India gasps for oxygen. But how did we come here? What can we do next?
The country is in the grip of a terrible second wave of Covid. Hospitals are choc-a-bloc with patients and some of them are running with just hours of oxygen supply. Patients are dying due to a lack of oxygen, something that is considered a basic requirement for every hospital. Many await beds and simply lay down on the floor. This brings us face-to-face with the terrible reality of Indian politics.
For decades, political parties have come and gone with empty promises, while critical sectors of society such as healthcare received peanuts. Better healthcare is essential to the nation-building process, yet, we seem to be content with the status-quo.
The cost that our nation is paying due to the negligence of basic necessities is there for all of us to see. We have only focused on creating buildings, buying equipment and appointing staff, but we have not invested in inculcating the right values and concerns.
We still travel in dirty trains with cockroaches roaming around, our hospitals are overcrowded with multiple patients on rusty beds, our roads are cratered, bridges are crumbling, but India is shining on paper. While common man worries for life-sustenance, leaders are busy making a name for themselves.
Having said that, we cannot lay all the blame on our leaders. We the citizens, also have to take our share of the blame. We have for too long accepted corruption and exploitation as a way of life, we have turned a blind eye on too many occasions and now we see the results of our own corruption and hand in the decay of our great nation. We have allowed ourselves to be hijacked by the narratives preached to us by the left, right and centre.
We all are accustomed to corruption and, in one way or the other, we have experienced corruption or exploitation of some kind. Many of us may have been perpetrators as well. Thus, it’s not surprising to hear stories of hoarding of critical supplies in this hour of need. After all, we don’t trust our system, rather, we expect it to be corrupt. Mind you, this system includes you and me.
We have grown up hearing “white lies” and excuses at home. When we went to school, we saw that cheating earns us more marks, we saw cops taking bribes at traffic stops and politicians from corridors of power eat up taxpayers’ money in various scams. All this seems to have drilled in us the pervasive reality of corruption and we have accepted it as a trait. No more.
Too many lives are being lost everyday for us to just sit back. The apathy of the ‘powers that be’ is evident from our lack of preparation. I cannot believe that in today’s world of computerised-simulations, our government authorities didn’t know about the scale of preparation required. Lest, advisors themselves compromised by telling convenient lies. I do not have the facts but these are the questions we need to ask, and I’m sure the sick and suffering are already asking. Alas, we already know the answer: they don’t really care about us!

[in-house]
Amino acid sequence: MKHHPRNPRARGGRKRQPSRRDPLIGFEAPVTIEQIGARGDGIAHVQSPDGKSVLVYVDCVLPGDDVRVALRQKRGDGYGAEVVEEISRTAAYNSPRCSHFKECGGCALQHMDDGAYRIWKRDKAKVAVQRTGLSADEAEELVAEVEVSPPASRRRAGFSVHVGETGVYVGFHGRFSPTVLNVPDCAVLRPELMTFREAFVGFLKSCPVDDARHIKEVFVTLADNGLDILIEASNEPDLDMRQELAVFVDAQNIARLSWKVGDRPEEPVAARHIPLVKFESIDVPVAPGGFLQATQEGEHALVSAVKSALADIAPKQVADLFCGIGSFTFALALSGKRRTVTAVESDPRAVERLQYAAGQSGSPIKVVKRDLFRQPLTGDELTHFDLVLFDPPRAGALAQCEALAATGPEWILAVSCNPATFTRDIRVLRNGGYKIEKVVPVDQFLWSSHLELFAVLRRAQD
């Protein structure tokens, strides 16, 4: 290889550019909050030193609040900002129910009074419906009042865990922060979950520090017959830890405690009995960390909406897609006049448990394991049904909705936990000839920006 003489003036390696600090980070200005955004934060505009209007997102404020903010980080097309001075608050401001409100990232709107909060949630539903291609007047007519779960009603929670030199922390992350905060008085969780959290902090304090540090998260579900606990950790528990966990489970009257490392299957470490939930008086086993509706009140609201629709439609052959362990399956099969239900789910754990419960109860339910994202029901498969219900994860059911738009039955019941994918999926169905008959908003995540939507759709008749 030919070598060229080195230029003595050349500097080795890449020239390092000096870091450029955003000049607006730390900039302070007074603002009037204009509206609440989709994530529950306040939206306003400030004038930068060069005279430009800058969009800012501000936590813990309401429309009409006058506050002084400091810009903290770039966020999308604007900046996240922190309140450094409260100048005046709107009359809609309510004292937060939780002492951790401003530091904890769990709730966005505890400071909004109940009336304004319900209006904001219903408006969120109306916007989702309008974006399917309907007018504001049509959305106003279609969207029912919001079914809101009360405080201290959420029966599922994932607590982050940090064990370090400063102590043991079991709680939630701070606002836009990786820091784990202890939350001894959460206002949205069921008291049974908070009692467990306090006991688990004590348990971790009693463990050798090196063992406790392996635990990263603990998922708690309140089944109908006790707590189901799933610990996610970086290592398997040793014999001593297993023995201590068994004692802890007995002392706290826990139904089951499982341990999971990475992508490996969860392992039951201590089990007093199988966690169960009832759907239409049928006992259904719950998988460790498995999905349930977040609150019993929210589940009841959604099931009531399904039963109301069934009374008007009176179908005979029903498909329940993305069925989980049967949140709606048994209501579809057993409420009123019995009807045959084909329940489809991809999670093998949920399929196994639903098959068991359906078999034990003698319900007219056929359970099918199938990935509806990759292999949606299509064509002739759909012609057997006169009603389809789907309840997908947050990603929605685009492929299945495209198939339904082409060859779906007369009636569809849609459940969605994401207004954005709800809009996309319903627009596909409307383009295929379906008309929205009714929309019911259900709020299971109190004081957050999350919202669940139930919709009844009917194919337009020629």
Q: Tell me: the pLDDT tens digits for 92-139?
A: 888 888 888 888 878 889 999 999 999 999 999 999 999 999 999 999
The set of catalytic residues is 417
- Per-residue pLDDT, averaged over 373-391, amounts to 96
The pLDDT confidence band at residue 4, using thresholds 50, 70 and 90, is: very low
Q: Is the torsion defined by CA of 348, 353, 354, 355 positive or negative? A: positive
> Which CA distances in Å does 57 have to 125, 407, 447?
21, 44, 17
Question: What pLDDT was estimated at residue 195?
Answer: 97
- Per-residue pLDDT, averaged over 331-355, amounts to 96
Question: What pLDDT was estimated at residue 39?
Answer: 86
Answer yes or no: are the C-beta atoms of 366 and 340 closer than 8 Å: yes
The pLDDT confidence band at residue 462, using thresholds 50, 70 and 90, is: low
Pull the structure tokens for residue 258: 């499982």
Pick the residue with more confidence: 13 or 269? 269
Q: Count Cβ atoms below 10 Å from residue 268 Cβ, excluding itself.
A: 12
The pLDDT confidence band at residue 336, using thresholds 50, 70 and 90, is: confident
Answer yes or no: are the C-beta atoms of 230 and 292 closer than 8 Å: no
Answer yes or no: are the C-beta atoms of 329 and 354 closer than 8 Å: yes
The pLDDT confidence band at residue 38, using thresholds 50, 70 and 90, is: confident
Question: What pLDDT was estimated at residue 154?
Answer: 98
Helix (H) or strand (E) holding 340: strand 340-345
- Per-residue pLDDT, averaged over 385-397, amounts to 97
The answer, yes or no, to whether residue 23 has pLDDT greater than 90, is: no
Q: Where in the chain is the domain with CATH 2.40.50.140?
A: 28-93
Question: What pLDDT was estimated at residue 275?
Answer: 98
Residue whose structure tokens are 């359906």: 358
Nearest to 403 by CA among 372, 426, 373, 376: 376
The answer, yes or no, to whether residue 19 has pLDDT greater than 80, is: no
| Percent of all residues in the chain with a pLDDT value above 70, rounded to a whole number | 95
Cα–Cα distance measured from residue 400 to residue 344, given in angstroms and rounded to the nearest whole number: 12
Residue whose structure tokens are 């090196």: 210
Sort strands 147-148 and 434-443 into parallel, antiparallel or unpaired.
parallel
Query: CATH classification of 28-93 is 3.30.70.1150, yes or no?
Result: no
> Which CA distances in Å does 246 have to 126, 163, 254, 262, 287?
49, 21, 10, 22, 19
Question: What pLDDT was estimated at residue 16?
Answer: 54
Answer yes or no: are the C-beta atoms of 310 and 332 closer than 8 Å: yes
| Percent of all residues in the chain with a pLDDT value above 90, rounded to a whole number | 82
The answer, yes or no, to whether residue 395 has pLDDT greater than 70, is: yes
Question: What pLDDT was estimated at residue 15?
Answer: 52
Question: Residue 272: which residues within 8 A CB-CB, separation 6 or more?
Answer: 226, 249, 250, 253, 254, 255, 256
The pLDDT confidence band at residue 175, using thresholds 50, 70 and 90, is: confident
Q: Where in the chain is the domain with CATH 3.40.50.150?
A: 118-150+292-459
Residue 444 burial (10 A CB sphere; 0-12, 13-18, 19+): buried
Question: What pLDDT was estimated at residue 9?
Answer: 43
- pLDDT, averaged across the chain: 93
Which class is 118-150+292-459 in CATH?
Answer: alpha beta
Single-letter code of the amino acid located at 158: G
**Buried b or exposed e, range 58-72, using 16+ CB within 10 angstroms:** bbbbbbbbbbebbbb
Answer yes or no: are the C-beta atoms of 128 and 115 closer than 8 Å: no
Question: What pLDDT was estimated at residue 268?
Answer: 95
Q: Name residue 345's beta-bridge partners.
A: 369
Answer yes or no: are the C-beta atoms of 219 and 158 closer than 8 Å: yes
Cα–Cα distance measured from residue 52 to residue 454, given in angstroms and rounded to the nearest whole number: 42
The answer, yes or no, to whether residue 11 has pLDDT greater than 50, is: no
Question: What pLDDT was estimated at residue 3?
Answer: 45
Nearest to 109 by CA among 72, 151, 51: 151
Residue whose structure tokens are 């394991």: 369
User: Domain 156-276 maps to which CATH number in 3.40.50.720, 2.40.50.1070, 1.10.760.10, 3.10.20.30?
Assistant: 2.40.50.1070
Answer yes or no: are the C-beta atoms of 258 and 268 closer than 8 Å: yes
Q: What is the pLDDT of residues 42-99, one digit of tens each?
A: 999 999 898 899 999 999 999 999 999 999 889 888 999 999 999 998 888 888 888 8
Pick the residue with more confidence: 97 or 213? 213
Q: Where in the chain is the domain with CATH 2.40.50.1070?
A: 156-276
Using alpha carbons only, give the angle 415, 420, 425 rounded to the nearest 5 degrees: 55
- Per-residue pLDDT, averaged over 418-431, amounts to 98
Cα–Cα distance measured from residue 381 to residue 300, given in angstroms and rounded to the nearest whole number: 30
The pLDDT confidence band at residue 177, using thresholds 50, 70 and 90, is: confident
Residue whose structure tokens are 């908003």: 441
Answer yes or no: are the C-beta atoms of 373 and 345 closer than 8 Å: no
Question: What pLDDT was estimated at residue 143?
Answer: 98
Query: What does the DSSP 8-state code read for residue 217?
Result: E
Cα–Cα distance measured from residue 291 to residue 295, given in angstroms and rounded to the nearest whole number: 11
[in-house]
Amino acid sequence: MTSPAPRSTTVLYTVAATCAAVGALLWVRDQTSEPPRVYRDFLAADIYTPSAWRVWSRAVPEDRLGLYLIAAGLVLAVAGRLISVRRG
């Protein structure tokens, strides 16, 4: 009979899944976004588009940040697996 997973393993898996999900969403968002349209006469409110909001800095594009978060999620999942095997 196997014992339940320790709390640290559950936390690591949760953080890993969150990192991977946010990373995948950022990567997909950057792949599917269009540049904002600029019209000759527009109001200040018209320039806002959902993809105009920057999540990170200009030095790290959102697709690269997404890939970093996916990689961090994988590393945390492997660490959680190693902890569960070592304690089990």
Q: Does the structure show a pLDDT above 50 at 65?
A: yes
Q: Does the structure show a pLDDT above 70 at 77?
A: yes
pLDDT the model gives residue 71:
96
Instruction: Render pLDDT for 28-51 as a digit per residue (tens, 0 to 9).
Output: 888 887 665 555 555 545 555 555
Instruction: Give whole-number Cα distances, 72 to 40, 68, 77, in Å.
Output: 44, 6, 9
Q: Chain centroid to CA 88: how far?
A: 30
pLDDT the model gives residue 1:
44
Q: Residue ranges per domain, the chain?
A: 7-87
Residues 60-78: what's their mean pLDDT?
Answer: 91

In one of the classic texts on nation building, we find Moses instructing the Israelites, who are about to enter the promised land after generations of slavery. We find the text in Deuteronomy 16:18-20, which says:
“Appoint judges and officials for each of your tribes in every town the Lord your God is giving you, and they shall judge the people fairly. Do not pervert justice or show partiality. Do not accept a bribe, for a bribe blinds the eyes of the wise and twists the words of the innocent. Follow justice and justice alone, so that you may live and possess the land the Lord your God is giving you.”
We can clearly see the emphasis on Justice and the connection of integrity of character to Justice. The text reminds people that corruption affects the wise and the innocent, and twists the truth into a set of self-serving narratives. Friends, if we want to see India as described in the Preamble, then we need to pursue Justice and weed out corruption, otherwise what we are seeing today will keep happening.
Therefore, my appeal to my fellow Indians is to learn from this experience and pledge ourselves into becoming a nation without exploitation and corruption. We cannot wait for politicians to start this, it has to start from us. Each of us has to have a zero-tolerance policy against corruption, exploitation and other evils that plague our country. We have to pursue justice with the same ferocity with which we expect it from others. Only then will we see a nation where every citizen’s head is held high.
Let’s not wait for another wave. Kudos to everyone who is going out of their way to make a difference. You provide hope to the hurting and belief that we shall overcome.